As the media landscape has exploded, CEOs have become more visible than ever, not just in the financial pages, but more widely thanks to platforms such as Twitter and LinkedIn.
While some may be thrust reluctantly into the limelight, others have embraced their public profile and seem to thrive in its glare.
This can be good for business as people may be more likely to associate with a brand if they recognize and admire a CEO.
They may also be more ready to give the business a fair hearing when things go wrong, which can help to salvage the company's reputation in a crisis.
But, as we've seen from high profile examples in the news, the reverse can also be true.
The bigger the CEO's reputation, the harder they – and the company – can fall if they're the cause of adverse publicity.
"The bigger the CEO's reputation, the harder they – and the company – can fall if they're the cause of adverse publicity."
David Bennett | Global Head of Sales, Direct and Facultative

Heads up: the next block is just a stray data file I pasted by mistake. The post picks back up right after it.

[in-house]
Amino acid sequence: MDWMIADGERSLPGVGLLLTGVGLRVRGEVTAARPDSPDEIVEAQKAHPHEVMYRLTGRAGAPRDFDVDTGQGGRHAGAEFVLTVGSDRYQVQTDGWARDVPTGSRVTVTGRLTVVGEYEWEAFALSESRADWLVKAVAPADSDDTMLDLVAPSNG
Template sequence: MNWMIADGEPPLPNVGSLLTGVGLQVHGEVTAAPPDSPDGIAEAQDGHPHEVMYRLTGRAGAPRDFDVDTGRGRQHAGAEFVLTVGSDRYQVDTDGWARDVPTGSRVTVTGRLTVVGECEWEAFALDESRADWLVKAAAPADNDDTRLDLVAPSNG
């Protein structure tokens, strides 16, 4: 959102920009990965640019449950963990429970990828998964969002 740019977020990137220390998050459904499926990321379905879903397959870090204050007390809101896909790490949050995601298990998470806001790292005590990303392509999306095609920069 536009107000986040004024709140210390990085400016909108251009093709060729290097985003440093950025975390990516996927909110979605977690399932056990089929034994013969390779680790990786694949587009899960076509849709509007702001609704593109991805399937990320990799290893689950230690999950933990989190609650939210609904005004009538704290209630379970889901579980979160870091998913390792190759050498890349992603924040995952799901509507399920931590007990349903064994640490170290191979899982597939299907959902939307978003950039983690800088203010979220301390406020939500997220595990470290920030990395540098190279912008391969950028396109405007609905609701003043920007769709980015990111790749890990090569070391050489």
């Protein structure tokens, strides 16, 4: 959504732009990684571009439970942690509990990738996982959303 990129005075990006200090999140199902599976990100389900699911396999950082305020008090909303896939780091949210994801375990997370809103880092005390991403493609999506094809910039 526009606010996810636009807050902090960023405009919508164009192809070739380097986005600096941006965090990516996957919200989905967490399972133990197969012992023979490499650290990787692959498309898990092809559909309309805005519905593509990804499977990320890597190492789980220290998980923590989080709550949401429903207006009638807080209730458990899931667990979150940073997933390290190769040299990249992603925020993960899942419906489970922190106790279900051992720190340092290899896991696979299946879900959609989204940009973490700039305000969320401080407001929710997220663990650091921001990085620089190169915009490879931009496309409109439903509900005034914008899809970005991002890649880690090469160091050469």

So how can businesses balance the benefits and risks, and minimize the reputational and financial fallout if things go wrong?
Engaging with stakeholders and monitoring your online presence can help identify potential risks before they turn into crises, while ensuring continued good governance can prevent a cult of personality taking hold.
The advantage of a well-known CEO
The days when CEOs could hide away from the public eye and just focus on the inner workings of their companies are gone.
Now, they're expected to engage with a growing list of stakeholders, including customers, investors, financial analysts and employees.
That means that many CEOs of large businesses are public figures to a greater or lesser extent. The difference lies in how companies approach it.
Some actively headhunt well-known charismatic figures who can be strong brand ambassadors, as well as business managers.
said their CEO's reputation helped attract investors.
Studies suggest this approach can be a big driver of business value. In one survey, executives estimated that 44% of a company's value could be attributed to their CEO's reputation, while 87% said it helped attract investors and 83% thought it would help protect the company in a crisis.1